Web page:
Bob ♥s Sault Ste. Marie and Northern OntarioMonday, March 11, 2013 by: Darren Taylor
Federal Liberal leader Bob Rae visited Algoma’s Water Tower Inn Sunday as part of the Grits’ ‘Thanks a Million, Bob’ tour.
The public speaking and meet-and-greet tour for faithful Liberal supporters is aimed at raising at least $1 million for Rae to give to the party’s new leader, to be chosen April 14 in Ottawa, to help rebuild the party and carry on its political fight against the Harper government after its relegation to third party status in the May 2011 federal election.
When asked by SooToday.com what he would advise the new Liberal leader to do in addressing Northern Ontario issues, Rae replied “the first piece of advice I would have for the new leader would be to spend time here.”
In regards to Northern Ontario ridings such as Sault Ste. Marie, which have traditionally sent either Liberal or NDP candidates to Ottawa, Rae said “we have to spend a lot of time talking to people here, and getting to know the challenges that we face in this part of the country.”
“I have the advantage of having a few years on me. I’ve been here (in Northern Ontario) throughout my political career…and there’s no better way to do it than to talk to people.”
Rae stated “we have issues (in Northern Ontario) of resource development, making sure we have some real job opportunities for young people, we’ve got to make sure there’s a better resource sharing across the country, and we’ve go to do whatever we can to move development forward in a constructive way, and that’s what I very much want to recommend to the new leader.”
Referring to his tour, Rae said “it’s important for local people to feel we’re taking seriously what’s going on…we’ve got to make a comeback here in the North.”
“We’ve lost a lot of ground here over the past 15 years, so we’ve got some work to do to make sure we’re coming back.”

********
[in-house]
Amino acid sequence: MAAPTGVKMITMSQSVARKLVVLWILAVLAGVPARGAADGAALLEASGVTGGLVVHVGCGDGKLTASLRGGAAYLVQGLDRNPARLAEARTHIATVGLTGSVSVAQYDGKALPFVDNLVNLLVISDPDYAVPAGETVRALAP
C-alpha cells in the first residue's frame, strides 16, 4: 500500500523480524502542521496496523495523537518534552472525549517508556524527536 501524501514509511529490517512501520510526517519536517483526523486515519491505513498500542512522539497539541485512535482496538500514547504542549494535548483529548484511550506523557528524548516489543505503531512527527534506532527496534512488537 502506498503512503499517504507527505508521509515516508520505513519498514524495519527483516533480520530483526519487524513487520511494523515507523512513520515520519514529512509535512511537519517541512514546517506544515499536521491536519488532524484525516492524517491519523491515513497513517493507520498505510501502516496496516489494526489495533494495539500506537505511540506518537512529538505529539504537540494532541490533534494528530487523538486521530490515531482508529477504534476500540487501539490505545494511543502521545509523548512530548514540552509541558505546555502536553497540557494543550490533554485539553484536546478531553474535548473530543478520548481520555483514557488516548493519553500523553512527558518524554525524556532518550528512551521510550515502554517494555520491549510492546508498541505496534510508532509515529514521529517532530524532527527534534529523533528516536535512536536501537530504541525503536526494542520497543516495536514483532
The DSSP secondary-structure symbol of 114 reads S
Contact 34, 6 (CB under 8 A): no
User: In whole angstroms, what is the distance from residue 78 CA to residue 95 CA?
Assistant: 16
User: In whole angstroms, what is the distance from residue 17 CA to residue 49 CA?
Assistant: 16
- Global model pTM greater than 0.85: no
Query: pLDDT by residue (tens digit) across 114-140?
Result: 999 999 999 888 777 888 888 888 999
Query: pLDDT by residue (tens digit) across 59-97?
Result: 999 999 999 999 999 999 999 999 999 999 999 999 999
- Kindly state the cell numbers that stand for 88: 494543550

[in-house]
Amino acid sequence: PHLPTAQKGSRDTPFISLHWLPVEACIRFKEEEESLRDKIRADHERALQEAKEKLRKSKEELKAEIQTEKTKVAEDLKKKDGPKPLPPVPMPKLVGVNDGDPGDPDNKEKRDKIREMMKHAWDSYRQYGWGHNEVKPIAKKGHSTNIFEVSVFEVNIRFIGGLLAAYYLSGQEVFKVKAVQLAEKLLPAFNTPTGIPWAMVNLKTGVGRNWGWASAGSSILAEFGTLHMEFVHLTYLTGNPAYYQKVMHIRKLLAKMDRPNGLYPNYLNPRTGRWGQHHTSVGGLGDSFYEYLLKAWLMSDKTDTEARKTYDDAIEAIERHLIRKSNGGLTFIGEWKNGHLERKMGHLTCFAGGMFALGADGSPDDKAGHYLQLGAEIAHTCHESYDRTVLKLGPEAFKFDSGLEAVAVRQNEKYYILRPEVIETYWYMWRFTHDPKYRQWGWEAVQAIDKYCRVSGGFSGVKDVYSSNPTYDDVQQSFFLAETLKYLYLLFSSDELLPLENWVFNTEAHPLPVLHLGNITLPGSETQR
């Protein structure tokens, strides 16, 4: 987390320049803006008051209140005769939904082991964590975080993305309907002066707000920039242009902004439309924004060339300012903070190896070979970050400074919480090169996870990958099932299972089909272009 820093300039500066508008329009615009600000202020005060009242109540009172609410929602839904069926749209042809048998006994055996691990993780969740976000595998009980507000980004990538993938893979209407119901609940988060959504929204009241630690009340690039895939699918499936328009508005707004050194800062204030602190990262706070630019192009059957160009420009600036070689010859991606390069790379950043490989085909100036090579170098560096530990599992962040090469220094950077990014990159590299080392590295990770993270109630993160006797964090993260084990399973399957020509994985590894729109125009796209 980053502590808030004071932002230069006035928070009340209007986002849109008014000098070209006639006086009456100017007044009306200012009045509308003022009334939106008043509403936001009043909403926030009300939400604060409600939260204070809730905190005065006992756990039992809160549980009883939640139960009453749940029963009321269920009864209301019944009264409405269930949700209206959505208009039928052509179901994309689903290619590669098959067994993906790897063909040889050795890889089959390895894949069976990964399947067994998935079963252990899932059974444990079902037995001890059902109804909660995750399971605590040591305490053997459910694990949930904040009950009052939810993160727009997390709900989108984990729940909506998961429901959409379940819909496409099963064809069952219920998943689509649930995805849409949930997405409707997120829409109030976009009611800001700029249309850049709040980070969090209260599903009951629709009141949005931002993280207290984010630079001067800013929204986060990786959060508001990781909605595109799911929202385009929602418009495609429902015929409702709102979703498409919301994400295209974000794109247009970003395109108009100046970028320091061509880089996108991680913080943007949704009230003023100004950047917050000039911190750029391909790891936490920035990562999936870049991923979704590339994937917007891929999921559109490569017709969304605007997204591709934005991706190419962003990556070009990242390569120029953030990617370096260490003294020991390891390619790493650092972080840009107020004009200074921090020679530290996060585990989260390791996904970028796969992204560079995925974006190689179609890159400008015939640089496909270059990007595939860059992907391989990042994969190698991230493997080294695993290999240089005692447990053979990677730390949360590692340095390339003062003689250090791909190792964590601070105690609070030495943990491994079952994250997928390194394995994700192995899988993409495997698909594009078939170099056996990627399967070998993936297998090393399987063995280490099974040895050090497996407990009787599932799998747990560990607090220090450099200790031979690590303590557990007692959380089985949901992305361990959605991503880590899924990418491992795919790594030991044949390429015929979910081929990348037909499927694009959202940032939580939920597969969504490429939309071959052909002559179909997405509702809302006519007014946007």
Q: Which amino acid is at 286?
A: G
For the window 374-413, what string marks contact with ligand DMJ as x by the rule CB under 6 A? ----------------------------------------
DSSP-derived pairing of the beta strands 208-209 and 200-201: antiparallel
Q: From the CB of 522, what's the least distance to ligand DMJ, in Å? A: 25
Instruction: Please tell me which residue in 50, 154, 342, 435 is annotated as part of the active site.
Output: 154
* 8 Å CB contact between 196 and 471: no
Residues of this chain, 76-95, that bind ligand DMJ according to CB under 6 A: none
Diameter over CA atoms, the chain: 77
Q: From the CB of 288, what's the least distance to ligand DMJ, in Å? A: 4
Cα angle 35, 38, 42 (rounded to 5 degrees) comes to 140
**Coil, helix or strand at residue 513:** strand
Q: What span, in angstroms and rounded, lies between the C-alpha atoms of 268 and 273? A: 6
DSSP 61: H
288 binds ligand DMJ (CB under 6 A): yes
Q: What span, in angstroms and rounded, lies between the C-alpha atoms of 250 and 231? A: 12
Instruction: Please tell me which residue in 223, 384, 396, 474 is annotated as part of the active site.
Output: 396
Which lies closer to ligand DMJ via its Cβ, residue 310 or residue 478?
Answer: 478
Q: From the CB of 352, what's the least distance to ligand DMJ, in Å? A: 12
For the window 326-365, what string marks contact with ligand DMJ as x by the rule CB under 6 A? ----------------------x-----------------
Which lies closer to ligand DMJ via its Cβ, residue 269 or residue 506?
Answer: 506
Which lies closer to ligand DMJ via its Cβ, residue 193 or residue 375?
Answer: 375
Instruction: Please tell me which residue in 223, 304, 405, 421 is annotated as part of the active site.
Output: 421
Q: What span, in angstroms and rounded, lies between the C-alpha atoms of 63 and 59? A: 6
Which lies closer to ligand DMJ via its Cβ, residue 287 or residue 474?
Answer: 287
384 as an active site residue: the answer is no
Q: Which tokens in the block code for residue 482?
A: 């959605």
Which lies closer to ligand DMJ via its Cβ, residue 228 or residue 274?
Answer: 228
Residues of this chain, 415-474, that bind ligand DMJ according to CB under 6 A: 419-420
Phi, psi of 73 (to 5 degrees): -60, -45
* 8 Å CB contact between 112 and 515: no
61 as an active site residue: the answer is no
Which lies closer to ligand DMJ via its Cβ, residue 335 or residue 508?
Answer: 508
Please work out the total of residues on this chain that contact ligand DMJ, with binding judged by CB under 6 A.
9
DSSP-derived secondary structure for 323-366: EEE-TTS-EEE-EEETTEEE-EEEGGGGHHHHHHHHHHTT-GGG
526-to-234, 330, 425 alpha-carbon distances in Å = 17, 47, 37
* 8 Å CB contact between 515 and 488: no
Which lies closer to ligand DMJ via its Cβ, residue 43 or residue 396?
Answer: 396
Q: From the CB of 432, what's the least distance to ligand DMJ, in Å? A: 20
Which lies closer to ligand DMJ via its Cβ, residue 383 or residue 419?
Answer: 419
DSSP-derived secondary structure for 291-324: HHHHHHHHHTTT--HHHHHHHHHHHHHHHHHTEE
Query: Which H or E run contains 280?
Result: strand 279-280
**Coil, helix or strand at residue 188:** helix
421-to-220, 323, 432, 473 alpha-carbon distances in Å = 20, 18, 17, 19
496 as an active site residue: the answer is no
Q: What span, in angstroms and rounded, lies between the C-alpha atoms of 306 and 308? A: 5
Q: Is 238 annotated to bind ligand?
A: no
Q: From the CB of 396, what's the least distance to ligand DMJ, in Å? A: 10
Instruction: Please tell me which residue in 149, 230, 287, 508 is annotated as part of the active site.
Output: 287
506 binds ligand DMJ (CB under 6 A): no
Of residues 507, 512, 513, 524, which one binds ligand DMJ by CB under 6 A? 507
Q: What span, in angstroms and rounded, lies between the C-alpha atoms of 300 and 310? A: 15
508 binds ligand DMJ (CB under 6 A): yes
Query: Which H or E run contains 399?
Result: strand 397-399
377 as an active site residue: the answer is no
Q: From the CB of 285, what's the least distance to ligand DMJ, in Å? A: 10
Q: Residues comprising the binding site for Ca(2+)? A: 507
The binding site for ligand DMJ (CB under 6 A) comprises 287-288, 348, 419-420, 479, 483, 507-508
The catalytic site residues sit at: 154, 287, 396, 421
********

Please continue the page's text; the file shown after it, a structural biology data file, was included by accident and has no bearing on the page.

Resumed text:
Rae told reporters the Liberals are ahead of the federal NDP in opinion polls, but SooToday.com asked for his reaction to the Manning Centre’s 2013 survey, conducted in February, which indicated people surveyed are attracted to the Liberals, but would vote Conservative regardless, in view of the economy’s importance and the Conservative Party’s traditional reputation as solid economic managers.
Rae shrugged that off.
“The Conservatives have driven up our national debt since 2008.”
“I don’t know how that makes them good fiscal managers” Rae said.
“They lived off the inheritance the Liberals gave them in terms of surpluses and they spent the surplus before the recession, and once we hit the recession they obviously faced great difficulty, so I don’t see these guys as great fiscal managers at all.”
“We don’t have a new leader yet,” Rae continued, “but when we do we’ll have a chance to judge that person compared to the Conservatives. I’m optimistic about what the new leader can do.”
Rae, however, stopped short of endorsing any Liberal leadership candidate, stating “a lot of them are progressive.”
Much of Rae’s tour has been targeted on Northern Ontario communities, such as Sault Ste. Marie.
Does that indicate a political and/or personal attachment to the region?
“Yes it does,” Rae replied.
“In my early days in provincial politics, I was educated a lot by my colleagues and by coming to Northern communities…during my time as Premier, we had a lot of issues in the North that we had to deal with, obviously the Algoma Steel situation here in the Sault, and we managed to get some stability back into the system for quite a while, so I was very proud in what we were able to do, and I’m very attached to the people and the area.”
After the Liberal party picks its new leader in April, Rae told reporters he plans to remain in the Liberal caucus as MP for Toronto Centre, though he stated he is interested in becoming a part of negotiations between First Nations communities and the Ontario government over the massive Ring of Fire economic development project.